- Decide how you want to claim your reward. If want additional spending money each month, then a cash back rewards program would be the ideal choice. On the other hand, if you frequent grocery stores or gas stations, then credit cards linked to your favorite stores may give you better rewards.
Determine Your Eligibility for Credit Cards
Credit card lenders perform a credit check every time you submit an application. Credit checks from lenders and other third parties negatively impacts your credit score. For this reason, you should only apply for credit cards that you genuinely have a chance at getting approved for.
Some lending institutions provide minimum requirements for their borrowers that can be assessed before you apply. By considering minimum requirements, you will ensure that you don’t apply for a credit card that you will automatically get denied for. Below are some additional criteria to consider.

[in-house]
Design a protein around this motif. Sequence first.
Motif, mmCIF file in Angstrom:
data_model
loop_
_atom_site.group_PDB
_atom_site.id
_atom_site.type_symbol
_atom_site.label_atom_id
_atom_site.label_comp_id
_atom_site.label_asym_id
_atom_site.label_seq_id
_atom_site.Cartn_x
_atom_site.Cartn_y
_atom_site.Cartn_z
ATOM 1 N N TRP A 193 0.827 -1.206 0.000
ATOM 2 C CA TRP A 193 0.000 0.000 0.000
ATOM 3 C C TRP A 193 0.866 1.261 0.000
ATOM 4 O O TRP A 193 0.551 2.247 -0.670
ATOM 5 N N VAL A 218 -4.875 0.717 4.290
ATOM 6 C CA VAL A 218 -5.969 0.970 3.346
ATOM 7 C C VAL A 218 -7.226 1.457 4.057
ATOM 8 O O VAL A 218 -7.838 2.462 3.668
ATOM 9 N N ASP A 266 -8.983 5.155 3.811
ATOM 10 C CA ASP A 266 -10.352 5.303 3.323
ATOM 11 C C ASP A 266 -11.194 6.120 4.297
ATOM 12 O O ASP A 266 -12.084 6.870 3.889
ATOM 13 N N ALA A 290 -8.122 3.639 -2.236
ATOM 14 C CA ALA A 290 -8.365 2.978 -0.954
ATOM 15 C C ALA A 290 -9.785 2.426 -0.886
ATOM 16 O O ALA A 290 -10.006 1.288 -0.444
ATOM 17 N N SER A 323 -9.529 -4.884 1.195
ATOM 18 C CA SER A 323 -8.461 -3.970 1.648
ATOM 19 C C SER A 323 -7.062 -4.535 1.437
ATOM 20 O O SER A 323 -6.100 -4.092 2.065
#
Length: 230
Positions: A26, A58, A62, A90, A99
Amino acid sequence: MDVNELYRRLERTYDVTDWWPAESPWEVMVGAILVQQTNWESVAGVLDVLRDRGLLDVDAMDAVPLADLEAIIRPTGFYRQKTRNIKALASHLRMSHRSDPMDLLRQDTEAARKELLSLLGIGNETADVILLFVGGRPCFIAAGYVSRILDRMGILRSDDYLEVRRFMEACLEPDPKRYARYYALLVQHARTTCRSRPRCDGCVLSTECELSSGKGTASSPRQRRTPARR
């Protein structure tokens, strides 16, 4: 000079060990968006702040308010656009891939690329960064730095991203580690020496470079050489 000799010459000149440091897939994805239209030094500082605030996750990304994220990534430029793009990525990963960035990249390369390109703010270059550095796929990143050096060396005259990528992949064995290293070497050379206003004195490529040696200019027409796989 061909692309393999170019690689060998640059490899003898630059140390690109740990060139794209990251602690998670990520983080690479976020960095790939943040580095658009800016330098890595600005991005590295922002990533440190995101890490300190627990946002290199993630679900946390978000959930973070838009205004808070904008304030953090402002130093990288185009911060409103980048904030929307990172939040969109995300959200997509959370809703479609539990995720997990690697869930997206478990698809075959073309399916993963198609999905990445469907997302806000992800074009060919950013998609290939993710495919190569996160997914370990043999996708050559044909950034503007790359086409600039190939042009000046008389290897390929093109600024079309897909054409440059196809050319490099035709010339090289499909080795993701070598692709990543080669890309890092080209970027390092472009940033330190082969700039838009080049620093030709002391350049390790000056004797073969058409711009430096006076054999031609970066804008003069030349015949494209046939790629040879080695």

Sources of Income
Rewards and cash back cards tend to have minimum income requirements. Most banks consider the income of the applicant only, while others will consider the combined income of a household.
Your credit score plays a major role in all your personal finances and borrowing, including credit cards. Knowing your credit score can give you an idea of what types of credit cards you will be eligible for. If your credit score isn’t the greatest, you probably won’t get approved for the highest valued credit cards out there. Also, you can work on giving your credit score a boost before you apply to put your best foot forward with credit card issuers.
Residential Status and Age